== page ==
I have become more focused and confident, the qualities which definitely helped me to excel in my studies and career. I have realized that though I have been responsible for only small part of different tasks at Student Services, other members of staff relied on me, so I have become more responsible. I focused not only on the outcomes, but on the whole journey I went through while on my placement. The positive atmosphere motivated me to learn more about Student Services. Professional knowledge I have gained throughout my placement enabled me to evaluate critically my role within organisation (Bulman, 2004).

I have learnt to make positive contributions while working in a team and manage my time efficiently in order to meet the deadlines on time. I have realized that it is so crucial to feel the sense of belonging and benefiting organisation, which stimulated me to learn more. By leading several interviews with different members of staff, producing the video, talking to students and staff during the wellbeing week and answering telephone calls – for the first time I have realized that my confidence in communication skills and English have increased enormously. Owing to the fact that I was actively involved during the wellbeing week I have developed my organisational skills. Working within Career Services presented me an opportunity to improve my IT skills. As an addition, I have learnt certain technical skills such as using different equipments, designing brochures and vouchers, database inputting and coding, experiences which I really think positively affected my growth.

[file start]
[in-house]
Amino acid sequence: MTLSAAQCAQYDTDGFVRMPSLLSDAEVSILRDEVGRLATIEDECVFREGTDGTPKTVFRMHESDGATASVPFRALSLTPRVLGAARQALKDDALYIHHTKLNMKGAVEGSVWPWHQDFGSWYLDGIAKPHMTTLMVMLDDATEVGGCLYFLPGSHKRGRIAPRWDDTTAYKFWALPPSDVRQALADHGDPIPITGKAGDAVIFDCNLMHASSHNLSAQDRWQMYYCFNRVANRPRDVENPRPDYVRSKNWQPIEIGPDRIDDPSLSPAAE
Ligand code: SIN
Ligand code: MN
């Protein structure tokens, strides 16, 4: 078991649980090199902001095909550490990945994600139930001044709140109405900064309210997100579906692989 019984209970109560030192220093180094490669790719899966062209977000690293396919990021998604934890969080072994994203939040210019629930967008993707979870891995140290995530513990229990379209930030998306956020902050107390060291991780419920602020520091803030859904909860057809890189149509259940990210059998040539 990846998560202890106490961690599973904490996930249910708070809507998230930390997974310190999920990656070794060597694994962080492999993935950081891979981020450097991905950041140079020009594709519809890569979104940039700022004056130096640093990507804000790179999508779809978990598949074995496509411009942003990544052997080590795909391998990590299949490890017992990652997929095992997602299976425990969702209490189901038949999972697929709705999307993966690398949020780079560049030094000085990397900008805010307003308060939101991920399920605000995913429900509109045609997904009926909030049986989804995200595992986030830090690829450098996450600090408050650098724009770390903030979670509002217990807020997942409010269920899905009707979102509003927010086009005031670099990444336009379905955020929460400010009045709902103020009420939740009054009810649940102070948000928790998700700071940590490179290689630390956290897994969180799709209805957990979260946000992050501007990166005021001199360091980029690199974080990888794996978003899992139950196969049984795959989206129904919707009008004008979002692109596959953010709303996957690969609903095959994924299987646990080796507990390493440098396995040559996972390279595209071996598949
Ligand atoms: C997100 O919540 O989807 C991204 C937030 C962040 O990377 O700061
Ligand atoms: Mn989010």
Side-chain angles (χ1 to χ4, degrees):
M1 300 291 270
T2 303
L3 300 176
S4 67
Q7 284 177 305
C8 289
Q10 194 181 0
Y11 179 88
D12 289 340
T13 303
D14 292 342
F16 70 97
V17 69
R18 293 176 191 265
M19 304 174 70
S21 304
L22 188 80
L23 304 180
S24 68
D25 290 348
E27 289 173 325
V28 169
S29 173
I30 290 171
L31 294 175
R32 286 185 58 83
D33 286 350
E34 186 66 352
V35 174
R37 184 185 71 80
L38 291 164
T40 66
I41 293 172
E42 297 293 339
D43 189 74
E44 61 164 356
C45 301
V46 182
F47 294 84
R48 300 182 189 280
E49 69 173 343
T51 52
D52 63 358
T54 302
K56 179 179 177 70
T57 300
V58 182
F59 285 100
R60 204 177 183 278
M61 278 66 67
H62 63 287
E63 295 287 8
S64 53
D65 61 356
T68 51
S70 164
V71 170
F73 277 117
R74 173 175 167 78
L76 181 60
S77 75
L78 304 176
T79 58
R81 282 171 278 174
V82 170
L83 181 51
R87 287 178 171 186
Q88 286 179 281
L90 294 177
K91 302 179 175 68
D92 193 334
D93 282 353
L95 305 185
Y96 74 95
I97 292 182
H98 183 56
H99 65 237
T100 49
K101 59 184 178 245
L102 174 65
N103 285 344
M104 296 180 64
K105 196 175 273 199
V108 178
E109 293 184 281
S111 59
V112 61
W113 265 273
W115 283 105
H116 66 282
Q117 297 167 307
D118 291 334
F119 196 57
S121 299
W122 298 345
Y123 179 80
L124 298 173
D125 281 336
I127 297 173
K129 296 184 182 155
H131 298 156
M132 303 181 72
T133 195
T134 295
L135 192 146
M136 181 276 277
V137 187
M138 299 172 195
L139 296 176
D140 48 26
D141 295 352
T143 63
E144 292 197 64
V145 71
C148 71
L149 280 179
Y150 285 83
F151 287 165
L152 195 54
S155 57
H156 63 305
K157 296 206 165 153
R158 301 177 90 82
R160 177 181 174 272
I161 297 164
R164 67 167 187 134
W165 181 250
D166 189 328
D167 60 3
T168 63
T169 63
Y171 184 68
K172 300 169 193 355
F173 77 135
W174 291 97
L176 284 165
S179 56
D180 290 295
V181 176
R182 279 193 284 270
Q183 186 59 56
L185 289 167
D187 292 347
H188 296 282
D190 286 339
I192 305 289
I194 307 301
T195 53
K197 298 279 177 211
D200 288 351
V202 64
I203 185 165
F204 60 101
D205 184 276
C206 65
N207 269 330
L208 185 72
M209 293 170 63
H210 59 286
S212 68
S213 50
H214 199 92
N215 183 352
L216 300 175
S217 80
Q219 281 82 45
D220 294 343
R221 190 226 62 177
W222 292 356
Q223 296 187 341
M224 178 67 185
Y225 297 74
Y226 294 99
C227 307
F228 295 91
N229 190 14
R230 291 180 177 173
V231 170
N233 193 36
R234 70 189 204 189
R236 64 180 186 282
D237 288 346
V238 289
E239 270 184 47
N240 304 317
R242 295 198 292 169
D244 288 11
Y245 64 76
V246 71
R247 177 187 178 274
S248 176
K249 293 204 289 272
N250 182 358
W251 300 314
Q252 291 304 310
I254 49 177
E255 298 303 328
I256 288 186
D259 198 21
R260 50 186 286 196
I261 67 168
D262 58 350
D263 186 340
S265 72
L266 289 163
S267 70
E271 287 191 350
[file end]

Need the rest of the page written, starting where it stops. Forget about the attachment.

By the end of the placement I have realized that I see myself within the placement context and part me of already belonged to this place, therefore I have decided to apply for a Student Services Student Ambassador role. After completing my placement I became more focused on my studies and future career direction. This placement opportunity confirmed my career choice to work within Higher Education setting and after graduation I have been offered a place to support students and faculty at one university in Astana and to further enhance my professional competencies I have decided to apply to M.Sc. in Educational Leadership program.

What is your story?

References:

Allsopp, D.H (2006). Bridging the gap between theory and practice: connecting courses with field experiences. Teacher education Quarterly. Retrieved from: http://findarticles.com/p/articles/mi_qa3960/is_200601/ai_n16027845/?tag=content;col1

Kolb, D. (1984). Experiential learning: experience as the source of learning and development. London: Prentice-Hall.

Schon, D. (1991). The reflective practitioner: how professionals think in action. Aldershot: Ashgate

Learning through the dance

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During my bachelor degree I had a brilliant opportunity to undertake a two-week placement at school (UK) which provided dance classes for children and youth. Before the first lesson I had an interesting conversation with Jane, a tutor of ballet classes, who explained that the school supports the idea of freedom of choice and creativity and emphasizes the individuality of every child who should get the pleasure from the learning process, be eager to try new opportunities, and follow their own feelings and imagination.